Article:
Can we really predict children's success by their ability NOT to eat a marshmallow? Experts say yes.
It's a very simple test: a child is given a marshmallow and told if they don't eat it, they'll get another one. Then the tempted child is observed and made to wait an excruciating (for a child) 15 or 20 minutes. If, during that time, the kid doesn't succumb to temptation, he's awarded his 2nd puffy treat.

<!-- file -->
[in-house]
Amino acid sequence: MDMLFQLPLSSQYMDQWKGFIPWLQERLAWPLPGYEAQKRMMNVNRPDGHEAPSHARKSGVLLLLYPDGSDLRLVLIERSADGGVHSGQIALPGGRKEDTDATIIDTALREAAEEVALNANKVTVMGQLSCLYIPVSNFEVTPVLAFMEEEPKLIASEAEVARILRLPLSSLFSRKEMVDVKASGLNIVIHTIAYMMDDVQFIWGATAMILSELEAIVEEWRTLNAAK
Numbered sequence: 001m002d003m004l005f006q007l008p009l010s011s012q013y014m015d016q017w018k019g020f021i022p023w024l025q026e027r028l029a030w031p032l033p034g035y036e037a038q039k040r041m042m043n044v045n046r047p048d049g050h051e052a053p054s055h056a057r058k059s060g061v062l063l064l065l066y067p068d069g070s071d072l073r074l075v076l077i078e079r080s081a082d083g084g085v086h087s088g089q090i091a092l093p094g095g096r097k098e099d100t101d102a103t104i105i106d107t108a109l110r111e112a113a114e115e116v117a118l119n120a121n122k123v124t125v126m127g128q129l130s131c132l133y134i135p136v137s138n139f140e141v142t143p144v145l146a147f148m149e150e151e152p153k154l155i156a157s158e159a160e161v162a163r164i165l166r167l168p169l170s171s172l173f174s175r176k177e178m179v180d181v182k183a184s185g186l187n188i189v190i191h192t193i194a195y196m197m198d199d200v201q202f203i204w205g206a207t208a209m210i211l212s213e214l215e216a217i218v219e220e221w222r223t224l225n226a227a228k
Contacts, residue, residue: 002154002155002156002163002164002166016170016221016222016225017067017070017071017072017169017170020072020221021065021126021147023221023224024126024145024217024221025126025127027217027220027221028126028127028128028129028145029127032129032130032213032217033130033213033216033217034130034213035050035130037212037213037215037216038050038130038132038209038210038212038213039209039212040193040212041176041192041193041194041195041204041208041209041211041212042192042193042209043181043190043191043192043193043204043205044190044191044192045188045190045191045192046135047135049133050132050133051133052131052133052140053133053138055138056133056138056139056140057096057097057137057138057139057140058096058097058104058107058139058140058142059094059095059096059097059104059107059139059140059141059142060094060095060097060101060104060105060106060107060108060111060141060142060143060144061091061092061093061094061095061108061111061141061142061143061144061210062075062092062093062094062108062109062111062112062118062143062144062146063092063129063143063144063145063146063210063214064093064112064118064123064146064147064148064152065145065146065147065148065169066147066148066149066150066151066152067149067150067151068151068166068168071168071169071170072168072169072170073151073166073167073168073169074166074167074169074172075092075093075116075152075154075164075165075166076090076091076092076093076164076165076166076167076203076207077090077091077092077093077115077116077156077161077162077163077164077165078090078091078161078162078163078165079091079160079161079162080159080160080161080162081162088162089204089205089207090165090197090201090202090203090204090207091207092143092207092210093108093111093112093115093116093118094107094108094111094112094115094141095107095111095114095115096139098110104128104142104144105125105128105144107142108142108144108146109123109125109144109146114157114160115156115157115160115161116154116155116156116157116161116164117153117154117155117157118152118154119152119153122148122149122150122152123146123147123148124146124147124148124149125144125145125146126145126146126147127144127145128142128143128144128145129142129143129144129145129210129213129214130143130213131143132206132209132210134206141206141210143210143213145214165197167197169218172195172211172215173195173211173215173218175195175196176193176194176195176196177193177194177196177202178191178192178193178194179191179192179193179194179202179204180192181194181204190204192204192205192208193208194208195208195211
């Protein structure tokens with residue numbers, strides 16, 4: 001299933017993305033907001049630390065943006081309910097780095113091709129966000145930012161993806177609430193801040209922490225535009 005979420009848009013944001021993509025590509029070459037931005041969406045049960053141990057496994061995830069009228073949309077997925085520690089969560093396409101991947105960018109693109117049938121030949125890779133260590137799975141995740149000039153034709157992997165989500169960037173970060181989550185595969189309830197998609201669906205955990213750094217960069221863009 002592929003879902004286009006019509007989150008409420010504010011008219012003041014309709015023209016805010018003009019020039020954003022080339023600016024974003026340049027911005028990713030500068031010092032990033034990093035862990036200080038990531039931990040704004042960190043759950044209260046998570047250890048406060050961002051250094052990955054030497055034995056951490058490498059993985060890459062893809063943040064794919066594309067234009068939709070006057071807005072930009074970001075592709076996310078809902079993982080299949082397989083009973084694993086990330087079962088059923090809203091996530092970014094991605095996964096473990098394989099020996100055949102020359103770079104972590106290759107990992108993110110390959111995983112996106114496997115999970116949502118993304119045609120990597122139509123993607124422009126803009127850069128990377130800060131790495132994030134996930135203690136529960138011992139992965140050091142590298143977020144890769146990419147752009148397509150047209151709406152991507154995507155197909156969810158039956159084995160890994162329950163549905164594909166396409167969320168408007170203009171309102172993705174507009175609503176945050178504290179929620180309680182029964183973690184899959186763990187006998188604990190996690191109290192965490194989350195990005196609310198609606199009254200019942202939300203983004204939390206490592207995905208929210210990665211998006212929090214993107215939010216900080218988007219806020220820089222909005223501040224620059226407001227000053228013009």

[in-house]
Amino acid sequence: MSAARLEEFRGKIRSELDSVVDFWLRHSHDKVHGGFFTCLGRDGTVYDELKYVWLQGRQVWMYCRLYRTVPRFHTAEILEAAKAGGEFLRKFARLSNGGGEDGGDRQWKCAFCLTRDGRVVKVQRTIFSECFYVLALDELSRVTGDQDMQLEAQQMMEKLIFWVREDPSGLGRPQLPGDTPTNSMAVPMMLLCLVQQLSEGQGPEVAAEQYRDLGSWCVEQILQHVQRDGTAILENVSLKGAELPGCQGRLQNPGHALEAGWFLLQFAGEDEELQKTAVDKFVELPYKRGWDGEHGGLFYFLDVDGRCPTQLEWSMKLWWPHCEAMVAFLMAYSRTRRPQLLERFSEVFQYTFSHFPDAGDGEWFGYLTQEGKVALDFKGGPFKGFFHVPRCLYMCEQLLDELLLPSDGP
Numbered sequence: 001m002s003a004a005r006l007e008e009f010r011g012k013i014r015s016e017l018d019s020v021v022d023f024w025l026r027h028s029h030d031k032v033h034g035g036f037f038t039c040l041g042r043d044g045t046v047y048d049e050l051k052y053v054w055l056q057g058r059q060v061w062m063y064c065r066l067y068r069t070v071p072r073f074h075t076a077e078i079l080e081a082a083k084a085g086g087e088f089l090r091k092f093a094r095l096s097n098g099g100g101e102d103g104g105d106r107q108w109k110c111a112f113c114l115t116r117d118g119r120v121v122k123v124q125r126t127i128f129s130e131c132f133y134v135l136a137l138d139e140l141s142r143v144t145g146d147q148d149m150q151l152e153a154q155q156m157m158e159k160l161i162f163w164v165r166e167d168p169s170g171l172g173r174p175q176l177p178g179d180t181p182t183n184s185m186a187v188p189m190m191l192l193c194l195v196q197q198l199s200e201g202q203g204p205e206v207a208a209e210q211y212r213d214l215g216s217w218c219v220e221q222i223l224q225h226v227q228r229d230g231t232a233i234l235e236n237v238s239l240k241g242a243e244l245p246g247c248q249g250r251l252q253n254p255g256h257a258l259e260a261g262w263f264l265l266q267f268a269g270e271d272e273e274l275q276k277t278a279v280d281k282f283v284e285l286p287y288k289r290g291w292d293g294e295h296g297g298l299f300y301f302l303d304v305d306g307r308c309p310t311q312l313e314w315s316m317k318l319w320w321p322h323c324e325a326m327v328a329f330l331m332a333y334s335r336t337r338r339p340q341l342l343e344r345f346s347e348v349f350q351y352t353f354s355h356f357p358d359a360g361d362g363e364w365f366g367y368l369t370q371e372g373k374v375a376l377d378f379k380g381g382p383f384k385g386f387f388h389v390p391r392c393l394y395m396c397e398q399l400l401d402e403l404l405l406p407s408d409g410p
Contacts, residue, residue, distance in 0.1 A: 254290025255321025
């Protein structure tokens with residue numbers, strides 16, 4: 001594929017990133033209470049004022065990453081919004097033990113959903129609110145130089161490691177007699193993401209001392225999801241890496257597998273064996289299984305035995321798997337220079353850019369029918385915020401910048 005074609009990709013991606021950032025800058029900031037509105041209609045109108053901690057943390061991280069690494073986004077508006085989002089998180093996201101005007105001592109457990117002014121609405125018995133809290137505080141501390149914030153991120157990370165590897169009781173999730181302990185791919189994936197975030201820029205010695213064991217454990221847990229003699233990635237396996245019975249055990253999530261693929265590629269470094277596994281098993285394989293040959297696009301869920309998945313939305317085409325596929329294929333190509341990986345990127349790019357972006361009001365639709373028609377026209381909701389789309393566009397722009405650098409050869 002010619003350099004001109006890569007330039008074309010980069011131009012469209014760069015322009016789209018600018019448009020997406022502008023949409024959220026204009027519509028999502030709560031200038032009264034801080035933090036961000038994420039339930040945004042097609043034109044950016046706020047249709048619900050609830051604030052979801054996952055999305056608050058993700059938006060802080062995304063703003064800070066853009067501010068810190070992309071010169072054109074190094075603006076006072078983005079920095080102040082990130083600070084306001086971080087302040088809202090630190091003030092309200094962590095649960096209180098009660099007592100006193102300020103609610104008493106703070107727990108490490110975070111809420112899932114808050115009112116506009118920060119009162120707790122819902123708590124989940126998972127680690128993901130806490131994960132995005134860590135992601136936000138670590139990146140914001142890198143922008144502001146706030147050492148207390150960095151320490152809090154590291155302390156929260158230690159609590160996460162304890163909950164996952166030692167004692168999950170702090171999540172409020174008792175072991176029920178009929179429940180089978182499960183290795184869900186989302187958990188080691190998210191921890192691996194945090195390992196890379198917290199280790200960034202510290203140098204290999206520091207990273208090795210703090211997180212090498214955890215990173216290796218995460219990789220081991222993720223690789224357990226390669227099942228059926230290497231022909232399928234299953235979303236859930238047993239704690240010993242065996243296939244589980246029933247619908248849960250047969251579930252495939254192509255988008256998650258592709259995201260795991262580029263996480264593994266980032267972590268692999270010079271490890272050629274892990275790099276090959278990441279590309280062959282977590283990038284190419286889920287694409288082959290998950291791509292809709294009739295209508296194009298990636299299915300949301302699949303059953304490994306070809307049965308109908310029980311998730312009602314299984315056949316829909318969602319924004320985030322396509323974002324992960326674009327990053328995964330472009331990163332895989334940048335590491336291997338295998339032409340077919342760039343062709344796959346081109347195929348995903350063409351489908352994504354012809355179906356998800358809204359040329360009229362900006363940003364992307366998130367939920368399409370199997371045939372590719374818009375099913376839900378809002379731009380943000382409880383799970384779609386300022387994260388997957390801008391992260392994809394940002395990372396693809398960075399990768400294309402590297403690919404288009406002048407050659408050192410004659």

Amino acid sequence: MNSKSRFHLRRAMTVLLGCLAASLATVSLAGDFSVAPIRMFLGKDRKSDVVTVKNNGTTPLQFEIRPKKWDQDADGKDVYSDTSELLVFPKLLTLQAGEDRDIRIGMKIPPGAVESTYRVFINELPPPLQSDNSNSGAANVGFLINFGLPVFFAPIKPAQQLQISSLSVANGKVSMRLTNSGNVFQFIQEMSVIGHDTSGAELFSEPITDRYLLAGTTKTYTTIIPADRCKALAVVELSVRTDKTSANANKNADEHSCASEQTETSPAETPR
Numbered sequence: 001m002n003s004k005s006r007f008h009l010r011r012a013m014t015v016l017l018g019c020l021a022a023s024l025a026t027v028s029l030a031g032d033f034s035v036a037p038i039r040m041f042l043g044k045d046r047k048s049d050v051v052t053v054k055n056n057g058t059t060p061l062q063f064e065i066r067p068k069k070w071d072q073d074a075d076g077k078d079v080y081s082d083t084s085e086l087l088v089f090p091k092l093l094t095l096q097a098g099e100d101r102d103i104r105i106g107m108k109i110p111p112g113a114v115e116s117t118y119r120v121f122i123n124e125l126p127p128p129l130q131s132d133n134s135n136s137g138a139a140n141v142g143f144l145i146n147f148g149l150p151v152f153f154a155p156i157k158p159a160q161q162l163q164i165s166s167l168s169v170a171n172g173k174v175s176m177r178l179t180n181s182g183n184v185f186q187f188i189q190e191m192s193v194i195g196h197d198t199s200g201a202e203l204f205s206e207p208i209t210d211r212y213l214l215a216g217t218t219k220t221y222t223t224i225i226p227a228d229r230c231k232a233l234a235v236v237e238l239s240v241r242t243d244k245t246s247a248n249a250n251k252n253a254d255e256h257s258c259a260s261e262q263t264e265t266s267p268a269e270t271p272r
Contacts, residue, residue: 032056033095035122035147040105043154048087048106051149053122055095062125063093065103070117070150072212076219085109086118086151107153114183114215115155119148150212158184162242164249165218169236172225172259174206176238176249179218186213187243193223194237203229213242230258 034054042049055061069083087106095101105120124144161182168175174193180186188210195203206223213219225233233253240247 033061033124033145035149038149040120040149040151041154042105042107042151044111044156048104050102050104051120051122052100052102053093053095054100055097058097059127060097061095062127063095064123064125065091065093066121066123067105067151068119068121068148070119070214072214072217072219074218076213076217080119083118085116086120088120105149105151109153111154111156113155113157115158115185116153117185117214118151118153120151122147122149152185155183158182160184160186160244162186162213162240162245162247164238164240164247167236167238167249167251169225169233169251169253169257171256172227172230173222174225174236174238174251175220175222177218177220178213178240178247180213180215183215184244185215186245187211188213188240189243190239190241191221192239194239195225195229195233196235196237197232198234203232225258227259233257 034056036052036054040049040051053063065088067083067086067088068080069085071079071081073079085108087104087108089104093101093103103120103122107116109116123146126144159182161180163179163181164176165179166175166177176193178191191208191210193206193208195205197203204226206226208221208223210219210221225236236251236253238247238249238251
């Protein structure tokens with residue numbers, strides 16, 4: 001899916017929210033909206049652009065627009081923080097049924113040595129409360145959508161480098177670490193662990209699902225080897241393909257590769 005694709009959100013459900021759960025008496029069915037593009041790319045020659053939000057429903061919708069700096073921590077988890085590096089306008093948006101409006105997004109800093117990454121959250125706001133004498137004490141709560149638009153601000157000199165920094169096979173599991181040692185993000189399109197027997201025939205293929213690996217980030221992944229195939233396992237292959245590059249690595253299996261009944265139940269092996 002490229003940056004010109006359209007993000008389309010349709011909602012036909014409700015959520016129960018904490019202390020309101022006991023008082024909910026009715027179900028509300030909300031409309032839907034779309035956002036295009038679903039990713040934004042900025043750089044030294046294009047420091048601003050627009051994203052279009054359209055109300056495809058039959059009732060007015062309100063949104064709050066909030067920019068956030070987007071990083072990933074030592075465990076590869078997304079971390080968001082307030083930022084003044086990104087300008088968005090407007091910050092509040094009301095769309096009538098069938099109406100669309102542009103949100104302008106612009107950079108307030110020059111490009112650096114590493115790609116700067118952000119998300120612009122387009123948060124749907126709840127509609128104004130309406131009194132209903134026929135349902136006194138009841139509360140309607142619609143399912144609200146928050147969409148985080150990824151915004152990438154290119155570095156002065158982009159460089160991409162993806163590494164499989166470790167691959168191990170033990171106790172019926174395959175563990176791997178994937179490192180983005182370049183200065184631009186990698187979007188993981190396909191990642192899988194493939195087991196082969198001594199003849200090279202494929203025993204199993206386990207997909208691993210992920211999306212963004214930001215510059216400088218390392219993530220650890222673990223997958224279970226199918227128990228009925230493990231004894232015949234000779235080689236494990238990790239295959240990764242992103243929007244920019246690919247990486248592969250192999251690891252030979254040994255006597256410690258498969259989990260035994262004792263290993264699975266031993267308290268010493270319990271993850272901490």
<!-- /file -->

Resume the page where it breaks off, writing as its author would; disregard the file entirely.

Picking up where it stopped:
According to the data from Mischel's research, 100% of the children who didn't give into their sugar craving ended up doing well in school, and scored an average of 210 points higher on SAT tests. On the flip side, 80% of the children who couldn't wait had problems in school, often had trouble paying attention, and found it difficult to maintain friendships.
To be fair, I don't even know if some moms could pass the test -- that is, if wine were substituted for marshmallows.
Do you think YOUR kid would pass the marshmallow test?